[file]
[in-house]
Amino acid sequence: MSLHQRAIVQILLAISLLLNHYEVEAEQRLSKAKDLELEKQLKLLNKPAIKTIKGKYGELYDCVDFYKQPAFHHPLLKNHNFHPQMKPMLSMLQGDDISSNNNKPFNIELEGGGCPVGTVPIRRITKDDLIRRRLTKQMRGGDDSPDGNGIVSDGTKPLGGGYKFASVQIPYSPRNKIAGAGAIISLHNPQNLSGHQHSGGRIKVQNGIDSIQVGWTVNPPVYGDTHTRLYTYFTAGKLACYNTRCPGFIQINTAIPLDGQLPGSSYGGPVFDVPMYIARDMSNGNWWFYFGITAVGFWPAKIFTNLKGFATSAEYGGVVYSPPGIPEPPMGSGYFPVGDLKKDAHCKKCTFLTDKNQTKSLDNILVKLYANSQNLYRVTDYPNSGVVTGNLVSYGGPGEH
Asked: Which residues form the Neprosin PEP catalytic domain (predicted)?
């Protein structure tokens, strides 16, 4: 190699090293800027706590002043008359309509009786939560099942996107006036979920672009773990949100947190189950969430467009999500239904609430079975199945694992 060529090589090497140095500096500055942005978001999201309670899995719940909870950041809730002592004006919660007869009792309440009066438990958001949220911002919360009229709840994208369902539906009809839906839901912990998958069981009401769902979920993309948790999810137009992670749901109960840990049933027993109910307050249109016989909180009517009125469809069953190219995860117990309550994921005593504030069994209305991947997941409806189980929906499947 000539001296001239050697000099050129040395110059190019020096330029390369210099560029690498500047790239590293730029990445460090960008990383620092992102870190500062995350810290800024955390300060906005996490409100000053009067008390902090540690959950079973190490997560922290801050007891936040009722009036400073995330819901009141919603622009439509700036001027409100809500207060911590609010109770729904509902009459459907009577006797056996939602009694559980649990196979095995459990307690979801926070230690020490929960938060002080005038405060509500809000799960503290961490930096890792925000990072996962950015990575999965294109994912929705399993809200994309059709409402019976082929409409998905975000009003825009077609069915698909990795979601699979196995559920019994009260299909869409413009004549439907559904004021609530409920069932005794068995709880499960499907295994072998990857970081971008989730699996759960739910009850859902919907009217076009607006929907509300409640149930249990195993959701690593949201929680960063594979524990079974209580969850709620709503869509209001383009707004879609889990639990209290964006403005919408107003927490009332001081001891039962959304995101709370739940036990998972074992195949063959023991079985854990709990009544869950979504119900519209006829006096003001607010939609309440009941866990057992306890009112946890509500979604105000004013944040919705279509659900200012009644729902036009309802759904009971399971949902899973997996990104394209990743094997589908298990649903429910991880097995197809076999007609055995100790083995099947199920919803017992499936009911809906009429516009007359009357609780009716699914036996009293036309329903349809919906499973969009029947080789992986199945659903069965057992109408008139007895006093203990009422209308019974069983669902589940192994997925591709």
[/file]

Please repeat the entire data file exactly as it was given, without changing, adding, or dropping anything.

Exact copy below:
[in-house]
Amino acid sequence: MSLHQRAIVQILLAISLLLNHYEVEAEQRLSKAKDLELEKQLKLLNKPAIKTIKGKYGELYDCVDFYKQPAFHHPLLKNHNFHPQMKPMLSMLQGDDISSNNNKPFNIELEGGGCPVGTVPIRRITKDDLIRRRLTKQMRGGDDSPDGNGIVSDGTKPLGGGYKFASVQIPYSPRNKIAGAGAIISLHNPQNLSGHQHSGGRIKVQNGIDSIQVGWTVNPPVYGDTHTRLYTYFTAGKLACYNTRCPGFIQINTAIPLDGQLPGSSYGGPVFDVPMYIARDMSNGNWWFYFGITAVGFWPAKIFTNLKGFATSAEYGGVVYSPPGIPEPPMGSGYFPVGDLKKDAHCKKCTFLTDKNQTKSLDNILVKLYANSQNLYRVTDYPNSGVVTGNLVSYGGPGEH
Asked: Which residues form the Neprosin PEP catalytic domain (predicted)?
């Protein structure tokens, strides 16, 4: 190699090293800027706590002043008359309509009786939560099942996107006036979920672009773990949100947190189950969430467009999500239904609430079975199945694992 060529090589090497140095500096500055942005978001999201309670899995719940909870950041809730002592004006919660007869009792309440009066438990958001949220911002919360009229709840994208369902539906009809839906839901912990998958069981009401769902979920993309948790999810137009992670749901109960840990049933027993109910307050249109016989909180009517009125469809069953190219995860117990309550994921005593504030069994209305991947997941409806189980929906499947 000539001296001239050697000099050129040395110059190019020096330029390369210099560029690498500047790239590293730029990445460090960008990383620092992102870190500062995350810290800024955390300060906005996490409100000053009067008390902090540690959950079973190490997560922290801050007891936040009722009036400073995330819901009141919603622009439509700036001027409100809500207060911590609010109770729904509902009459459907009577006797056996939602009694559980649990196979095995459990307690979801926070230690020490929960938060002080005038405060509500809000799960503290961490930096890792925000990072996962950015990575999965294109994912929705399993809200994309059709409402019976082929409409998905975000009003825009077609069915698909990795979601699979196995559920019994009260299909869409413009004549439907559904004021609530409920069932005794068995709880499960499907295994072998990857970081971008989730699996759960739910009850859902919907009217076009607006929907509300409640149930249990195993959701690593949201929680960063594979524990079974209580969850709620709503869509209001383009707004879609889990639990209290964006403005919408107003927490009332001081001891039962959304995101709370739940036990998972074992195949063959023991079985854990709990009544869950979504119900519209006829006096003001607010939609309440009941866990057992306890009112946890509500979604105000004013944040919705279509659900200012009644729902036009309802759904009971399971949902899973997996990104394209990743094997589908298990649903429910991880097995197809076999007609055995100790083995099947199920919803017992499936009911809906009429516009007359009357609780009716699914036996009293036309329903349809919906499973969009029947080789992986199945659903069965057992109408008139007895006093203990009422209308019974069983669902589940192994997925591709």